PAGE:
You’ve put the plastic potty away and retired the reward chart in the bathroom for good: Your kid is officially potty-trained! Right? Not quite.
While some kids never wet the bed again, many children will continue to have nighttime accidents long after they can successfully handle their business (and bladder) during the day. In fact, 1 in 6 children still wet the bed at age 5, and 1 in 15 still deal with bedwetting after 8 years old. It’s also not unusual — up to 1 in 3 — for children to go through a bedwetting phase a few years after they were initially potty trained.
For the vast majority of children, wetting the bed is something they just eventually grow out of. As a parent, that can sometimes be tough to hear, especially when you’re desperate to “do” something to fix this for them (and, let’s be honest, get an uninterrupted night of sleep for yourself.) Still! There are ways you can make this phase easier on all of you, which is why we’ve rounded up the best strategies for tackling bedwetting with your child — with a minimum of stress.
#1 Call in the reinforcements
It’s a Catch-22: A diaper would be the most effective way to make sure your child sleeps through the night (and gets that much needed rest essential for healthy development and good mornings) — but the last thing your bigger kid wants to wear is a diaper. That’s why a new product like Ninjamas is such a clever solution: Designed to fit like underwear — and be breathable like cotton pants— they are highly absorbent and have one-of-a-kind OdorMask technology to keep things feeling dry and smelling fresh while providing all night leak protection. They’re also made from a material that reduces that tell-tale “diaper-y” rustle — key for a stealth appearance at a sleepover, for example. The fun, empowering Ninjas on the packaging could be a great way to get your kid to think of their Ninjamas like their “sidekick,” a powerful ally providing all-night protection that helps them wake up feeling nothing short of awesome.
#2 Keep a diary
There are all kinds of myths floating around about things that can trigger bedwetting — from spicy foods (busted) and orange juice (also busted.) Still, it is believed that other factors — like anxiety, for instance, or even certain allergies or intolerances — can have some effect on bedwetting behaviour, which is why it can be helpful to track when incidents happen. You may start noticing a pattern — maybe your child wets the bed more often when something stressful is happening in their lives. Or even identify certain behaviours — like bedwetting happening on nights when they have a soda during the day — that you can tweak in your family’s routine.
#3 Limit their liquids before bed
While it’s important to remember that wetting the bed isn’t necessarily about bladder fullness — if it was, your kid would wake up when they needed to go — but it can be helpful to set them up for success by limiting how much they’re drinking before bed. And think beyond water or juice: Soups, salads and yoghurts are all packed with H20.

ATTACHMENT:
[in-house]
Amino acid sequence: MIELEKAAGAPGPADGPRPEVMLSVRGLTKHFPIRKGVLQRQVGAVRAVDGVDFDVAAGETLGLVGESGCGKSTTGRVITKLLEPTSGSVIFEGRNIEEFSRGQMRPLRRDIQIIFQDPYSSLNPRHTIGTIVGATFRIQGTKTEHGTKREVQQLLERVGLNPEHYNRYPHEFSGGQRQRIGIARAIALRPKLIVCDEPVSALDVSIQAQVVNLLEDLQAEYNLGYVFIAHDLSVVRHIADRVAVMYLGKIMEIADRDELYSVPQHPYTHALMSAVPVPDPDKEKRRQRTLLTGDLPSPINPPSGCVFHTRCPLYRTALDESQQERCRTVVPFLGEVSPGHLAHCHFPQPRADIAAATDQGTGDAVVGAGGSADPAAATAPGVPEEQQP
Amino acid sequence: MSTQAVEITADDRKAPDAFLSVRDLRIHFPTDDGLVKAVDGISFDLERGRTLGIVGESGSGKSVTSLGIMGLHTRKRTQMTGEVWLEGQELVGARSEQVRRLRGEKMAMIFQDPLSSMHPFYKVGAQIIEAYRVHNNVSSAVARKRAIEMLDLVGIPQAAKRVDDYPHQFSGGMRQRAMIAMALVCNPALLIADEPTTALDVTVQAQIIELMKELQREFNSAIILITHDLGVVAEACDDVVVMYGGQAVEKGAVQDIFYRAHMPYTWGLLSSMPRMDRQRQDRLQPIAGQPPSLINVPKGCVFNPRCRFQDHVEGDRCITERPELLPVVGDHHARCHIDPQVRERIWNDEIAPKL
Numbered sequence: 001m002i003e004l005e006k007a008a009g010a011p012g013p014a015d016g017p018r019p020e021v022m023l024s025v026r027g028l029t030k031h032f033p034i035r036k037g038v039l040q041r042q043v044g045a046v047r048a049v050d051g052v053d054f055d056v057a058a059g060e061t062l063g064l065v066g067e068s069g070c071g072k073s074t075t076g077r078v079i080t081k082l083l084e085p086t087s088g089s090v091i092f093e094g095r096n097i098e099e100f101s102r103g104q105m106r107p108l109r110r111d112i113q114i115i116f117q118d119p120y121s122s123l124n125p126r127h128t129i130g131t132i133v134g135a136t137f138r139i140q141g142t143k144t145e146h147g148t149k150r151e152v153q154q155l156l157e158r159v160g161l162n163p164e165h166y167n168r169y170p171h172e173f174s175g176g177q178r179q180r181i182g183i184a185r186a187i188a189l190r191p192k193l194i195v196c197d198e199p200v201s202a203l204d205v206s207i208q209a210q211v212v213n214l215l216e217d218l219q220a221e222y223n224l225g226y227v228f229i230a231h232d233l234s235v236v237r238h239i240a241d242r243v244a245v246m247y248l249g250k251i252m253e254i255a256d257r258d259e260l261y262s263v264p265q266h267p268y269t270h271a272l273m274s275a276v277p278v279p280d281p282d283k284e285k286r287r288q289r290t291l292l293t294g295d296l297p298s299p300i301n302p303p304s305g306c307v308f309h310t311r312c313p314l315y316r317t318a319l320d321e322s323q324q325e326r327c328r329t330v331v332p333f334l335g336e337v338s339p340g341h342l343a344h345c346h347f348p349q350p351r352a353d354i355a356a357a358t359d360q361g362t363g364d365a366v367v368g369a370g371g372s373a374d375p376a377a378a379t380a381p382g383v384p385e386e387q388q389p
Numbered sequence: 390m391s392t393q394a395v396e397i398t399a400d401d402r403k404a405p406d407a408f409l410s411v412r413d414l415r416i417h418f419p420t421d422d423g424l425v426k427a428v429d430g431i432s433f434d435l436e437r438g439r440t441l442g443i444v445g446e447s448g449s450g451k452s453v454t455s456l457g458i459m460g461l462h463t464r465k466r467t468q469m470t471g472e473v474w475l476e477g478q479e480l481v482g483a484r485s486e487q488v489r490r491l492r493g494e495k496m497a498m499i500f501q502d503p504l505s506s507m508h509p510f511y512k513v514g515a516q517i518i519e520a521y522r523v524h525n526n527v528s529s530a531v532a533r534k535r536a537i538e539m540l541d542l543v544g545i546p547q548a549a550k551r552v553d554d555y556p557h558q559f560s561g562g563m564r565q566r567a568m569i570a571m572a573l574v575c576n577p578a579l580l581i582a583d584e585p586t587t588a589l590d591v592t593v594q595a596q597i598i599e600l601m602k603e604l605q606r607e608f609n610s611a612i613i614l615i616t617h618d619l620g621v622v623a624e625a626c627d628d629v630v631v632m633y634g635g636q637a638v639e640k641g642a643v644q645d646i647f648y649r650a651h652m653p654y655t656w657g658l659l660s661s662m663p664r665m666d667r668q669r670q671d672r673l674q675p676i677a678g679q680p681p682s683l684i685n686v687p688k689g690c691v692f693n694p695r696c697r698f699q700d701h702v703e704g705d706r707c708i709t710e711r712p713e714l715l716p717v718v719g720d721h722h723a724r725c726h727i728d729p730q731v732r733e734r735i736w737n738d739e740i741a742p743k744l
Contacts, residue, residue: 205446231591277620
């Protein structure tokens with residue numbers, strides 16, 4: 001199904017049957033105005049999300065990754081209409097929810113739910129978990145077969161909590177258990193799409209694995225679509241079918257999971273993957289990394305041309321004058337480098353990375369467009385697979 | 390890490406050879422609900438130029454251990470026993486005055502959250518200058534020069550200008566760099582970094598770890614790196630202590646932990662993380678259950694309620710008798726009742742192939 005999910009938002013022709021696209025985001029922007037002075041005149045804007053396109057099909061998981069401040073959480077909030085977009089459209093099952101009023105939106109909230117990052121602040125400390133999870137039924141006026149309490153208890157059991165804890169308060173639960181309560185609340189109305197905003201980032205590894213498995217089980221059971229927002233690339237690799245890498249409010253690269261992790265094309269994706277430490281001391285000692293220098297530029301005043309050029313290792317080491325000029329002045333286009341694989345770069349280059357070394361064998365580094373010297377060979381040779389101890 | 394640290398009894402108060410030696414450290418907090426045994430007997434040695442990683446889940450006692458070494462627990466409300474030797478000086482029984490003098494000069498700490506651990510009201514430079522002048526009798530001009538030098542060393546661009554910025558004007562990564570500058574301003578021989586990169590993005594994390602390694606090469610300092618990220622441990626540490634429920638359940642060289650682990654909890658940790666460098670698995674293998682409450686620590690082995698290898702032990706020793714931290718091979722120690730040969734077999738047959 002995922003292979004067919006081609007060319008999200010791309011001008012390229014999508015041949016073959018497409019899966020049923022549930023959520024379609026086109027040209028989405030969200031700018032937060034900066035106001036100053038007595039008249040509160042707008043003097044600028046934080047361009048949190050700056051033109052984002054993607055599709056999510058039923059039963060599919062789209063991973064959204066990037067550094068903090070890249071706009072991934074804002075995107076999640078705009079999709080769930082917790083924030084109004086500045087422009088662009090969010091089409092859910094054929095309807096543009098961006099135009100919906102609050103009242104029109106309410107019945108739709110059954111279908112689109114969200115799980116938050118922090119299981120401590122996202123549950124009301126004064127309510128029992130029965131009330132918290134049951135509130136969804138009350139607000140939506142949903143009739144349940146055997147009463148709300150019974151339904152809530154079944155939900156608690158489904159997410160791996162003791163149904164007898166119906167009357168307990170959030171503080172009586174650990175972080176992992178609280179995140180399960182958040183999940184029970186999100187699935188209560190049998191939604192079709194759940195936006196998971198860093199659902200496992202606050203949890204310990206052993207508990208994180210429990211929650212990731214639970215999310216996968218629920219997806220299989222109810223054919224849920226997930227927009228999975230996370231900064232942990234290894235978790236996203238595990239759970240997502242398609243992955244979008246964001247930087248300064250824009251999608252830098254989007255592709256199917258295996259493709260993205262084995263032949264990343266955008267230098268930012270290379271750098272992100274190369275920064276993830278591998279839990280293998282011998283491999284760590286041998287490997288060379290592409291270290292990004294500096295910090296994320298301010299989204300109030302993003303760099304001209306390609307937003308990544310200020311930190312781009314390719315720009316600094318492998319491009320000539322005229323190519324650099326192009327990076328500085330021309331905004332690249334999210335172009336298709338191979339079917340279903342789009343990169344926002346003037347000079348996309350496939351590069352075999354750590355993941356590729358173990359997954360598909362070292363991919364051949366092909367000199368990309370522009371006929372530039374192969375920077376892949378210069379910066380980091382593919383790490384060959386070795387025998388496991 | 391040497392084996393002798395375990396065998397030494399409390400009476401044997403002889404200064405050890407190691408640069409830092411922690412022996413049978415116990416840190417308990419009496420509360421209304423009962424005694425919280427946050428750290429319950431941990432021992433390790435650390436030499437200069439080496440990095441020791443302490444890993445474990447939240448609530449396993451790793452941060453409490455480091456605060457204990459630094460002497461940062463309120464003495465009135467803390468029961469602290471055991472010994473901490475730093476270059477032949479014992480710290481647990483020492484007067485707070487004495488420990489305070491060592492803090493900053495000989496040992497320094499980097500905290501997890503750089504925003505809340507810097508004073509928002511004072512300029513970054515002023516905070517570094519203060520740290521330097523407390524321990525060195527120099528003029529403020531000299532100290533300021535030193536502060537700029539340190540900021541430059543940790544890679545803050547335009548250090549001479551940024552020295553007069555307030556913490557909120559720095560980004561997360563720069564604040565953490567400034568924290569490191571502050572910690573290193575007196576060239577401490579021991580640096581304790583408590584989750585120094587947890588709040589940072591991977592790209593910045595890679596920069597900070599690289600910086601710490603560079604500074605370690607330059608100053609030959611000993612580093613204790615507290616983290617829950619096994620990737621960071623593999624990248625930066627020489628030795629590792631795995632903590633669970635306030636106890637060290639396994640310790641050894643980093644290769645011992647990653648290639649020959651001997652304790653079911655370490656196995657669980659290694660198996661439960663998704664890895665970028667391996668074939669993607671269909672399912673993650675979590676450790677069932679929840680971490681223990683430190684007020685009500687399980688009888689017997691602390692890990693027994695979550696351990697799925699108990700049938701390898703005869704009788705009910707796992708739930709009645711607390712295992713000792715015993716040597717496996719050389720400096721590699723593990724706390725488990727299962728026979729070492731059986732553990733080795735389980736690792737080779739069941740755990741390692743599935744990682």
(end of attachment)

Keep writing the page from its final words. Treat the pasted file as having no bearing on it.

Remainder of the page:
#4 Wake them up before they go (go)
While waking up your sleeping child won’t be as much fun as the George Michael song, it can be a great strategy to pre-empt bedwetting later that night. Incorporate it into your own routine–maybe just before you head to bed yourself, or just before you watch the 11 o’clock news, for example–but be consistent in gently rousing them a few hours after they’ve fallen asleep, and taking them to the washroom (even if you have to carry them!) It’s important that your child is actually awake when this happens, since a) it means they’ll fully empty their bladder, and b) begin to make a connection between this behaviour and not wetting the bed. That said, it’s always a smart move to have a back-up, like the Ninjamas for instance, to make sure you’ve got all night leak protection from accidents that might happen.
#5 Chat with your doctor
“Bed wetting is common and stressful for all involved,” assures Dr Stephanie Liu, a family physician, parenting blogger and Pampers expert. “Fortunately, most of the time it will spontaneously resolve.” That said, Dr Liu wants to encourage any parent that is concerned about their child’s bedwetting to speak with their child’s doctor. While not common, there are certain medical conditions — from severe constipation to sleep apnea — that are tied to bedwetting in older children.
Want to learn more about how you can help your child wake up feeling awesome? Check out the new Ninjamas absorbable nighttime underwear here.
Stay in touch
Subscribe to Today's Parent's daily newsletter for our best parenting news, tips, essays and recipes.